Coronavirus: Burnham and Manchester leaders reject ‘fundamentally flawed’ tier 3 lockdown

Andrew Woodcock
·6-min read
The Nightingale coronavirus field hospital in Manchester (AFP via Getty Images)
The Nightingale coronavirus field hospital in Manchester (AFP via Getty Images)

Boris Johnson’s coronavirus strategy was at risk of unravelling as civic leaders in the north of England threatened legal action over his efforts to force them to accept tighter restrictions.

Amid an escalating battle of wills between London and the regions and nations of the UK, the prime minister piled on pressure for the closure of pubs and restaurants across wide swathes of the north, telling the House of Commons that a lack of cooperation from local authorities threatened the success of his plan to bring surging infection rates under control.

But he suffered another challenge to his authority as Welsh first minister Mark Drakeford announced he was taking powers to block cross-border travel from high-risk areas of England from Friday.

And Northern Ireland broke away from the rest of the UK by announcing a four-week “circuit-breaker”, during which hospitality venues will be barred from opening except for takeaways and deliveries and schools will shut for an extended fortnight’s half-term.

As daily positive tests neared 20,000, Mr Johnson was coming under intense pressure to announce a two-week national circuit-break, backed by his Scientific Advisory Group for Emergencies (Sage) in September and now by Labour leader Sir Keir Starmer, who accused the PM of “abandoning the science”.

A YouGov poll found 68 per cent of voters, including 65 per cent of Tory supporters, back the idea against just 20 per cent who do not.

In fiery clashes at prime minister’s questions, Mr Johnson insisted he wanted to avoid the “misery” of a second national lockdown but declined to rule out a circuit-breaker if his regional approach does not work.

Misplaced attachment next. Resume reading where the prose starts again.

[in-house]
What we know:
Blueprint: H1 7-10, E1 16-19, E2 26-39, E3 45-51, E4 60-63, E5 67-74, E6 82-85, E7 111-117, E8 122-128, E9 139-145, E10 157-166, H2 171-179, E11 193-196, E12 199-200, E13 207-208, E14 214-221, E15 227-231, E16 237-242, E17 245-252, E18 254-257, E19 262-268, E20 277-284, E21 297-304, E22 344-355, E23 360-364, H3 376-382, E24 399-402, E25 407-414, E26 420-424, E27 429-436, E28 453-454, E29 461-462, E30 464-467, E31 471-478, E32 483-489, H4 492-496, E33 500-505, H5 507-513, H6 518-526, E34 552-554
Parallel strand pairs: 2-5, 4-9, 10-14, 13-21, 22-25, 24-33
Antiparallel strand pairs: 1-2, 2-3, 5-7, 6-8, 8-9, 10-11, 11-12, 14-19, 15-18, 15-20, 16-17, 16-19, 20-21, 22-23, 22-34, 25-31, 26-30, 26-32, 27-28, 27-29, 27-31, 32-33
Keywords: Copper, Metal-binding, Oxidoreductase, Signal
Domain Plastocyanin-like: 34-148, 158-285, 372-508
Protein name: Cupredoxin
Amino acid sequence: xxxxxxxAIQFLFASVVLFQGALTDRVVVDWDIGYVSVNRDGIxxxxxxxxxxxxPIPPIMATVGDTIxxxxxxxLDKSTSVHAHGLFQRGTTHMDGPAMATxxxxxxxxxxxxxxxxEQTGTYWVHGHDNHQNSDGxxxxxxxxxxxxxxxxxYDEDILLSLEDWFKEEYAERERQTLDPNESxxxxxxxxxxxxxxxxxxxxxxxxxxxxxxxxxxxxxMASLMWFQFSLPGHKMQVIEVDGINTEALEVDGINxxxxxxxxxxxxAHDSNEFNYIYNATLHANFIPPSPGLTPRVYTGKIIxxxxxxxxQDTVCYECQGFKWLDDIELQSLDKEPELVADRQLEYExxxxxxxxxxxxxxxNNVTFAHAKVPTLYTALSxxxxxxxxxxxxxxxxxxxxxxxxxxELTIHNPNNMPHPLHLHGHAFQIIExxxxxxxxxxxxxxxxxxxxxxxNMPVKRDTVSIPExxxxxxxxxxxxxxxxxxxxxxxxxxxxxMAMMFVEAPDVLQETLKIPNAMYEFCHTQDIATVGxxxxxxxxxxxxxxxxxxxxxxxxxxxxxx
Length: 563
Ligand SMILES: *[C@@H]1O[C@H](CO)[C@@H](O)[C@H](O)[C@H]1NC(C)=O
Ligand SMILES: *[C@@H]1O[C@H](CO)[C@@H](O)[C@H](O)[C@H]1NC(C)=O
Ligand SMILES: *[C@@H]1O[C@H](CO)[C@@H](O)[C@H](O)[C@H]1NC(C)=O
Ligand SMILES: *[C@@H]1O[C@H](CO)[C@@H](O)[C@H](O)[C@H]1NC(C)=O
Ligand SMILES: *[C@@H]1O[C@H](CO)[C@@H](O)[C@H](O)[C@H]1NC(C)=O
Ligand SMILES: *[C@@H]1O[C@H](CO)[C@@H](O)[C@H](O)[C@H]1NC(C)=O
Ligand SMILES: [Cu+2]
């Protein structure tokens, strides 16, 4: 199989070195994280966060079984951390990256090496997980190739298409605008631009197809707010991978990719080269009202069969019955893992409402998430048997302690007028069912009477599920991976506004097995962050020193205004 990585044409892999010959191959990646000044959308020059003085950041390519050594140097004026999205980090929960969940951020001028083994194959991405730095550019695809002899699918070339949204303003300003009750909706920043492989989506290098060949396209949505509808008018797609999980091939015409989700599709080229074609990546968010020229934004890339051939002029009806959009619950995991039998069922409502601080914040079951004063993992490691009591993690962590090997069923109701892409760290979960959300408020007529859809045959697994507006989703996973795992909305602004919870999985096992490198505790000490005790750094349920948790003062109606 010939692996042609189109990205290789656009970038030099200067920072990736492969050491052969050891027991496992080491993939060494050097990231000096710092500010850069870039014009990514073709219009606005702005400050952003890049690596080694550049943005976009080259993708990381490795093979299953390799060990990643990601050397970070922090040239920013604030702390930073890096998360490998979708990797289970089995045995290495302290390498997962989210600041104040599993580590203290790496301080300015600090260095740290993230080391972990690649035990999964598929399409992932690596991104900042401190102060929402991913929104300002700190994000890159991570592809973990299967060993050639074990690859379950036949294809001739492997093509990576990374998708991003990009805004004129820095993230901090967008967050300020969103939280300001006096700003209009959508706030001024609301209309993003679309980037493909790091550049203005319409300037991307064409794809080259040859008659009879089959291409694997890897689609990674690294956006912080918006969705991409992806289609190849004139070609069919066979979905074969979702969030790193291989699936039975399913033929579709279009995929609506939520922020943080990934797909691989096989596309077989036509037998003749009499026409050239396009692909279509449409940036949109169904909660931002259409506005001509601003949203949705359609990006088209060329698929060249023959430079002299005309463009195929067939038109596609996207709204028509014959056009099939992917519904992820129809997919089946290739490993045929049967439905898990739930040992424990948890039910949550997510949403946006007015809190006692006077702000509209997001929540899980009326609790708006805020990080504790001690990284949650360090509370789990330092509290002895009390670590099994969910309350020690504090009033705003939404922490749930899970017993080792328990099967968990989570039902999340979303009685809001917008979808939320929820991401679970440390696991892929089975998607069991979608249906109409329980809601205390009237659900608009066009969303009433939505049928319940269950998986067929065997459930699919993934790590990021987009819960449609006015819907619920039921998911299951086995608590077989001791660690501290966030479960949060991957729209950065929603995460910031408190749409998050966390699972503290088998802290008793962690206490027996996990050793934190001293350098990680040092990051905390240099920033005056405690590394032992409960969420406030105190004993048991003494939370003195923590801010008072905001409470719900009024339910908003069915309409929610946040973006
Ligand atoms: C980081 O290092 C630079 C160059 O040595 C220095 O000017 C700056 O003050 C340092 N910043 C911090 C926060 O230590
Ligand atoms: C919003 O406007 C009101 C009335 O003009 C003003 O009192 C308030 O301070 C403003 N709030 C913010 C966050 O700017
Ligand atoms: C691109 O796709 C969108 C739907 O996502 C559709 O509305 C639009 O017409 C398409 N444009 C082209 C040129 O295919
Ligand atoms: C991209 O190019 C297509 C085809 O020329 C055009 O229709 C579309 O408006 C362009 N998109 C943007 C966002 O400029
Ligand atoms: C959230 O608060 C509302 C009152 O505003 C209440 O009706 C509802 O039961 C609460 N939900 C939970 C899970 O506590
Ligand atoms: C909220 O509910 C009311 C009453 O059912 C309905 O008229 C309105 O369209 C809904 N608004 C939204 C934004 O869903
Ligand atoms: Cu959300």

Fuel was added by a scientific paper which found that a time-limited return to strict controls on social and economic activity could save thousands of lives, reducing UK coronavirus-related deaths for the rest of the year from about 19,900 to 12,100 and hospital admissions from 132,400 to 66,500.

But one of the study’s authors, the London School of Hygiene professor of infectious disease modelling and Sage member Graham Medley, warned that the PM may have left it too late to act in the October half-term, and suggested he could instead consider a Christmas holiday circuit-break to avoid disruption to education, with a possible repeat in the spring.

“Christmas is going to be very difficult anyway,” said Prof Medley. “In some ways we kind of missed the boat a little.”

In the Commons, Sir Keir said that since the Sage advice was given on 21 September “the infection rate has quadrupled, hospital admissions have gone from 275 a day to 628 a day in England, yesterday 441 Covid patients were on ventilators and the number of deaths recorded was – tragically – the highest since 10 June”.

“That’s the cost of rejecting the advice,” Sir Keir told Mr Johnson.

The prime minister defended his approach, saying: “The whole point is to seize this moment now to avoid the misery of another national lockdown – into which he wants to go headlong – by delivering a regional solution.”

And he urged Sir Keir to “get on to his Labour friends in those parts of the north of England where we want to work with them to put those very stringent measures in place in order to deliver the reductions that the whole country wants to see”.